Luca Gotti countered with a 3-5-1-1 formation. Marco Silvestri started in goal behind the trio of Samir, Rodrigo Becao, and Bram Nuytinck. Nahuel Molina and Iyenoma Udogie played as the wing-backs, with Wallace, Jean-Victor Makengo, and Tolgay Arslan in midfield. Former Juve player Roberto Pereyra played slightly behind Ignacio Pussetto up top.
Juventus’ season started about as well as you could possibly asked for. Juve forced a corner within a minute and a half, and with 2:05 on the clock their vice-captain fired them into the lead. The move was simple but lethal, with Cuadrado tapping the ball into the right channel to meet a run that Bentancur made from deep in midfield. The Uruguayan immediately turned and squared it into the path of Dybala, who was running inside of him. La Joya beat the defenders to the spot and flicked it past Silvestri without any wasted movement whatsoever, and Juve were on top of things early.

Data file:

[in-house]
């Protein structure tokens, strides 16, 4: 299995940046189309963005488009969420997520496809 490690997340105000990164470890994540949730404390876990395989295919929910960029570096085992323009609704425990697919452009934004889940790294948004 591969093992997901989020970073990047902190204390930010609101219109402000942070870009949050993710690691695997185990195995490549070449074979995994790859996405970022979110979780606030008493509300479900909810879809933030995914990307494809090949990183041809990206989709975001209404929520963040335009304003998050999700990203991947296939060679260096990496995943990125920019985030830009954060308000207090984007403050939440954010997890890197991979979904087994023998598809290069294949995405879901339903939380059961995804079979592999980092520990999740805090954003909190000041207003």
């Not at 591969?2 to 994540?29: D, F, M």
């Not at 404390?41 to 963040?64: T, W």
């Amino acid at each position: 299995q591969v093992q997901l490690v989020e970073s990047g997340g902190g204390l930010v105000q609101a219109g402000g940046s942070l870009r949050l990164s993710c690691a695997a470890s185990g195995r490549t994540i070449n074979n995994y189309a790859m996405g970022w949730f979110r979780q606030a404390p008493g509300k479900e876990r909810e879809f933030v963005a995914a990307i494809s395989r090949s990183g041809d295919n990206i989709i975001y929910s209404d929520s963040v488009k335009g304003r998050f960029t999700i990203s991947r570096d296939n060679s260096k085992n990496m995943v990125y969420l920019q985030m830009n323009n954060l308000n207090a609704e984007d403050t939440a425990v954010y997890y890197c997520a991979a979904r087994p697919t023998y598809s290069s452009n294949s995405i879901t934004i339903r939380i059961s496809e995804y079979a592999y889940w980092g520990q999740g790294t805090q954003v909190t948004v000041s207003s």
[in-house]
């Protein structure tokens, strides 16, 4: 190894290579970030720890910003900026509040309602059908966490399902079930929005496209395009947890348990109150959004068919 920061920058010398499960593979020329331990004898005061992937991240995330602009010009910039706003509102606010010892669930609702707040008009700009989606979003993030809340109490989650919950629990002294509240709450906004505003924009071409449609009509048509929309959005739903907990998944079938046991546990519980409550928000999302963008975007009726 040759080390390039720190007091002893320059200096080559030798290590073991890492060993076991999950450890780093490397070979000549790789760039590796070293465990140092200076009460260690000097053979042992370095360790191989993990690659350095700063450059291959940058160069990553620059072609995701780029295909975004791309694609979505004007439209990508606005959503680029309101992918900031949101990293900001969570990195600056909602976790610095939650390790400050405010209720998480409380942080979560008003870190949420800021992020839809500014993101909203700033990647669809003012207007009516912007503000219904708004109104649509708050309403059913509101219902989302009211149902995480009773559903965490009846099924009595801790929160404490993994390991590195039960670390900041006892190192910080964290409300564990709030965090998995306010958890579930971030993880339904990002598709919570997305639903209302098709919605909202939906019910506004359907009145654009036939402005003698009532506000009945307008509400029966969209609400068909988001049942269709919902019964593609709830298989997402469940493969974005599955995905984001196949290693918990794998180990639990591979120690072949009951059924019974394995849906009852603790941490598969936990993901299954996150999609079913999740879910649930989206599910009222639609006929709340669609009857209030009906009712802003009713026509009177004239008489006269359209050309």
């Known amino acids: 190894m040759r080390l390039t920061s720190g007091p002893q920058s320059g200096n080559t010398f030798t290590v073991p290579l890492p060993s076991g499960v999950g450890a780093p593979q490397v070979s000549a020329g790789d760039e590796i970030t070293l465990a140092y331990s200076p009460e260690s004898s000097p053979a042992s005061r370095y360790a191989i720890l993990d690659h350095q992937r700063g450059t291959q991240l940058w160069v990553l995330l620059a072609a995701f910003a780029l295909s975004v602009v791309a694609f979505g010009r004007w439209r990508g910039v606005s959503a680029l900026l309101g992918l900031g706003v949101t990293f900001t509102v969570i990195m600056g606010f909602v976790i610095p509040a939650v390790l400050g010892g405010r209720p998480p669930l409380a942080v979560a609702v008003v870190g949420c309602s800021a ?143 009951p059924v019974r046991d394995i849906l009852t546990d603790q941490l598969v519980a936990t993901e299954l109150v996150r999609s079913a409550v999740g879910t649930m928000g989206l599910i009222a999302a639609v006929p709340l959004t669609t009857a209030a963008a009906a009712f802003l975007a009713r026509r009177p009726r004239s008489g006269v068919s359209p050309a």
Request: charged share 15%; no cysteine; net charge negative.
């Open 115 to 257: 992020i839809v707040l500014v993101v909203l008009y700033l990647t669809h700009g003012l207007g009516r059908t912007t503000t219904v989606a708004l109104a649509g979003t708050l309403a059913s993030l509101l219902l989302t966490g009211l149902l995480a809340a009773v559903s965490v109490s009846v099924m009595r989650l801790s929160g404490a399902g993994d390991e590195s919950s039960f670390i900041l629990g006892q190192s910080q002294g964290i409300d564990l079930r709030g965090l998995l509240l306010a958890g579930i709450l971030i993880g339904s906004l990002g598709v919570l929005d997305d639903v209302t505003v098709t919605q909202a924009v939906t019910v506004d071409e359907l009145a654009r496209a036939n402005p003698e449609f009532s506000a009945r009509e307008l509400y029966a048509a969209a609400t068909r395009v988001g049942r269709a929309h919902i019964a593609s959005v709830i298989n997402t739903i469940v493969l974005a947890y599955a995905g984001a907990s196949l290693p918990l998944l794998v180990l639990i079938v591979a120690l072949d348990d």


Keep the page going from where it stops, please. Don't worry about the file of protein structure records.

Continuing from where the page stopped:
Udinese had their first shot in the ninth minute after a series of quick passes between Pereyra and Pussetto, whose shot went right at Szczesny for an easy save. Beyond that, the home team had a decent amount of possession but weren’t able to figure out how to use it. Juve had a few more probing attacks before Dybala sent a gorgeous diagonal pass across the field to a streaking Cuadrado. The Colombian pulled the ball down and faced up Nuytinck. He feinted a cut inside then burst forward on the same plane, freeing himself up to fire across the goal and into the net to double the lead on 23 minutes.
Juve were playing well as the game headed for the break. Silvestri wasn’t exactly under siege, but he was certainly the more concerned of the two goalkeepers. Morata swung a loose ball in the box past the post just after the half-hour mark and on the stroke of halftime smacked one into the side netting from a tight angle after Ramsey redirected a wayward Dybala cross. But Juve were by far the better side, connecting with each other as they attacked and completely stymieing their opponents, who were clearly missing the creative talents of Rodrigo De Paul. It looked like clear sailing to their first three points of the season, the first step toward possibly regaining their title.